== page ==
Interview with author Hannah Warren

Today I have the pleasure of interviewing Hannah Warren, author of romance novel CASABLANCA, MY HEART, and historical mystery novel PSYCHIC CONFESSIONS, and welcome her to my blog. Before we begin, here is some biographical information about Hannah:

Hannah Warren was born in Paris, France, in 1956 as a second child to a Dutch father and an English mother. She has lived in The Netherlands almost all her life but maintains strong ties with her own favourite triangle: France, UK and Holland.

Hannah studied Dutch literature and Mass Communication at the University of Amsterdam and later obtained a B.A. in English Literature and Language and a B.A. in Translation from Rotterdam University. After having been a lecturer and a translator for many years, she now works as a staff member at the International Office of HZ University of Applied Sciences in Vlissingen.

Her free-time is taken up by writing fiction, teaching Yoga and pottering around in the garden. After having been a single mum for nearly two decades, her three children have flown the nest. The great sadness that befell Hannah in March 2014 was the loss of her eldest child, daughter Joy, who died after an intense two-year struggle against bile duct cancer.

From the age of 8, Ms Warren has written poetry and short stories but it took her over 50 years to become a published author. Her debut novel – the literary romance Casablanca, My Heart was published by Thorstruck Press in June 2014. Psychic Confessions, first book in the series The Cottage On The Border (November 2014, Thorstruck Press) is Hannah’s second novel and positions her as a writer of suspenseful family sagas. 

Hannah Warren, author photograph

Hannah Warren, author photograph

Welcome Hannah!

Thank you for having me, Marcia! It’s an honour and a delight.


Q: For how long have you been writing?

A:  Oh Marcia, for as long as I could hold a pen, which is over 50 years now. Until the age of 20 I wrote in Dutch, being brought up in The Netherlands but then switched to English, which is my mother tongue. It took me 50 years to become a published author, though.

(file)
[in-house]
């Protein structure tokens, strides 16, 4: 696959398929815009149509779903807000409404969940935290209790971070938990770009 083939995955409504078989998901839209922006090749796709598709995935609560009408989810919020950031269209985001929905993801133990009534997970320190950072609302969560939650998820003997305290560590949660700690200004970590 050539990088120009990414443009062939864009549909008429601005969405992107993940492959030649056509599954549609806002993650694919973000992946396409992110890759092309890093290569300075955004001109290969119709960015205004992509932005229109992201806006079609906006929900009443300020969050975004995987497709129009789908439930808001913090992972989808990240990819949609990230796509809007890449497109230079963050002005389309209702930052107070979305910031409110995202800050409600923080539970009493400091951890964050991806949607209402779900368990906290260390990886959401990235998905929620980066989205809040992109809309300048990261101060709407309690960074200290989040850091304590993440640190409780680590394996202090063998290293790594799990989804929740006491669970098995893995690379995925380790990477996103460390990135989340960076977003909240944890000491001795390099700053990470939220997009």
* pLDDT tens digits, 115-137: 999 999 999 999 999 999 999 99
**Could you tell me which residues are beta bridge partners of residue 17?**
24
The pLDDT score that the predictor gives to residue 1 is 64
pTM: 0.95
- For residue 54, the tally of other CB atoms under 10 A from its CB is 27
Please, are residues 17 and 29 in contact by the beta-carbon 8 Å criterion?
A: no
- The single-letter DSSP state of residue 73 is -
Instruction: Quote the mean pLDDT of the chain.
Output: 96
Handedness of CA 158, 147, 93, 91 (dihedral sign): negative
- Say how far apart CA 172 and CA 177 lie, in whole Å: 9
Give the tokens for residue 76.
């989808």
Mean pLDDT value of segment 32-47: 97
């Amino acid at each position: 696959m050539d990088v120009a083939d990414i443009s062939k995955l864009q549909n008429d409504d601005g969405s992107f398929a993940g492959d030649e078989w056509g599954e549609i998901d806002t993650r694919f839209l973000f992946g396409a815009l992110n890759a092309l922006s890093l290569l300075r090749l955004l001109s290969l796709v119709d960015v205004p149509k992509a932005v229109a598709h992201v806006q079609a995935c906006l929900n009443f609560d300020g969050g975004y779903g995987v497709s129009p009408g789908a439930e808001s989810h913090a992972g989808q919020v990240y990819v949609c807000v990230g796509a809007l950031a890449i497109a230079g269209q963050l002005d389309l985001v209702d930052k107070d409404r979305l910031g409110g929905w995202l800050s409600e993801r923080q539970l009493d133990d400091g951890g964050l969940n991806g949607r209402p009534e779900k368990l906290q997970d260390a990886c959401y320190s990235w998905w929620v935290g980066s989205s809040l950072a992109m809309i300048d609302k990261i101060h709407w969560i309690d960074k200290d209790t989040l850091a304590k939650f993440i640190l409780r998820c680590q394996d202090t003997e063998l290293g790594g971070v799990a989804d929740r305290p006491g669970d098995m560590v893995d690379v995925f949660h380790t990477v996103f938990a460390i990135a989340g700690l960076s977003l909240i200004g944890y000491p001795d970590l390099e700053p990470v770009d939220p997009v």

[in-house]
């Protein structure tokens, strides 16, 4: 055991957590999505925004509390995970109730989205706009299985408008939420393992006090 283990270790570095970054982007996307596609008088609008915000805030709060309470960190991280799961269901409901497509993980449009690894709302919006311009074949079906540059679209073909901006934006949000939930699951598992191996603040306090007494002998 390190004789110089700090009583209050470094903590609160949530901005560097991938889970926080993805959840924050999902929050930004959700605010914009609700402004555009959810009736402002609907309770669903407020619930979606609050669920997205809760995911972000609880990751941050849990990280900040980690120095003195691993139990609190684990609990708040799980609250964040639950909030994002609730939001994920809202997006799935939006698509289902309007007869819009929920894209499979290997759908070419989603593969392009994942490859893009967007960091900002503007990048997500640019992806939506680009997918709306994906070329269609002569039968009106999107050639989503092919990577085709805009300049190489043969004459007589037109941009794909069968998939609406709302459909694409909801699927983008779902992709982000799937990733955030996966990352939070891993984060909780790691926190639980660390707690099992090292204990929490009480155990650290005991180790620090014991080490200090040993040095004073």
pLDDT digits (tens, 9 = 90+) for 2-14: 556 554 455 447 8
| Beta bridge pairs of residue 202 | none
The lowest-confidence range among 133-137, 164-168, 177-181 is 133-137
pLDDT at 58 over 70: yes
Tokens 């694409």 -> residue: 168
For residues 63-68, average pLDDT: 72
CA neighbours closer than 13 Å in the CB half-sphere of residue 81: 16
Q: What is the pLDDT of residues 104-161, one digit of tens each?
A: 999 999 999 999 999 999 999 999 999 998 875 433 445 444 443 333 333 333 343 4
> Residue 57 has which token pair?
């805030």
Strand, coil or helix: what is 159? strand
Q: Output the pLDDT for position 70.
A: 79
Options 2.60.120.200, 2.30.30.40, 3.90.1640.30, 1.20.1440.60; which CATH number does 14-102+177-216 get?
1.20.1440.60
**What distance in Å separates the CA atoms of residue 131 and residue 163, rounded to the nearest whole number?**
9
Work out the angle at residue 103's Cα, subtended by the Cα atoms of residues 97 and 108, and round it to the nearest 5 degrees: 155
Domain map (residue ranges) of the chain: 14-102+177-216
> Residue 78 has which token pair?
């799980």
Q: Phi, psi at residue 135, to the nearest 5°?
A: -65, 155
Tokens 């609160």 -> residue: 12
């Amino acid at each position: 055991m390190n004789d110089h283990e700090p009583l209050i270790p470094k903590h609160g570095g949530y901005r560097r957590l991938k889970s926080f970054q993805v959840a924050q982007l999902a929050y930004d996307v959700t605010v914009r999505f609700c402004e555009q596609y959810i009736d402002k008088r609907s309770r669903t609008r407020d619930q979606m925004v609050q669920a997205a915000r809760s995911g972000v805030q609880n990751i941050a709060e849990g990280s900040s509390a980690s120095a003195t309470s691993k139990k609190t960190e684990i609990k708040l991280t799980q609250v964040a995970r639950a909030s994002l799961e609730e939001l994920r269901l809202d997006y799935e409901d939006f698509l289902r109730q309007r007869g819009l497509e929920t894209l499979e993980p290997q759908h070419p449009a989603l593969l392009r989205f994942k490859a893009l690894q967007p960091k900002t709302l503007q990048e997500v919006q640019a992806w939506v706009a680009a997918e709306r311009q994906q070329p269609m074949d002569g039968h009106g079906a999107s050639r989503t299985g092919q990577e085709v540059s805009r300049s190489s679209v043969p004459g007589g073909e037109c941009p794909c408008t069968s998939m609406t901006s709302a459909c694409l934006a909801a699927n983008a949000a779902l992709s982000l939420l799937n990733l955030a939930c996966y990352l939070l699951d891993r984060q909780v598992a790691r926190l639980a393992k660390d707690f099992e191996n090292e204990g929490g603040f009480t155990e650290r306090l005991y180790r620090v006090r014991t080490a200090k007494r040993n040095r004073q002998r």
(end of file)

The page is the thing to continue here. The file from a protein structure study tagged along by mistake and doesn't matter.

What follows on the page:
Q: Have any life experiences inspired you to write your books?

A: I think a writer soaks up every life experience she stumbles upon and somehow converts that into fiction. It’s being born with the gift of the senses: colours, sounds, tastes, smells & feelings: they are all constantly in some stage of being transformed into words on paper or the screen.

I know this may sound like a vague answer to a concrete question about concrete life events but I truly believe I was a writer first and then got the extraordinary – often incredibly hard – life that met the job.


Q: Each writer works in different ways with reference to writing. Do you have a writing program/schedule that works for you?

A: Oh-oh, I’m really hopeless at sticking to schedules. I do NaNoWriMo every year and manage to squeeze out 50K of words in less than 30 days every November. Then, always promising myself I’ll continue to be a good girl in December, fall flat on my nose already on December 1st. I’m a bit of an all-or-nothing type of girl, continuously telling myself to get into the routine of writing at least 500 words a day. That day will come! *nods with determination*


Q: Do you have any favorite book genres which you love to read?

A: I’m a sucker for old books. I try to grow up and become more modern but always seem to return to the classics. Having only a restricted time for reading at the moment, I really want to learn as much as I can to hone my craft and so…yes… that’s the reason. I study storytelling, vocabulary, sentence construction, atmosphere from the first novel writers. When I retire from the paid job, I’m going to allow myself to read wild and free.


Q: Are there any favorite books and authors who have been influential upon you and your writing?

A: Rows and rows of authors and books, but first and foremost 19th and early 20th century writers: Russians (Tolstoy, Dostoyevsky, Chekhov), Brits (Brontë sisters, George Eliot, Thomas Hardy), French, (Gustave Flaubert, Stendhal, Zola), Americans (Henry James, Nathaniel Hawthorne, Edgar Allan Poe). I always feel rather embarrassed bringing this up as it has layers and layers of dustiness around it and I already sense your readers raising their delicate eyebrows at my outmoded list. As said before, these books are more study material to me than reading distraction.


Q: From my reading experience of CASABLANCA, MY HEART, I found it to be an engrossing, lush romance novel that kept my interest in the story, and its characters, until the very end. I also enjoyed the usage of international locales which added veracity, and interest to the story in a natural style. What inspired you to write the story of romance novelist Heather Simpson, and chart the course of her life over a multi-year period?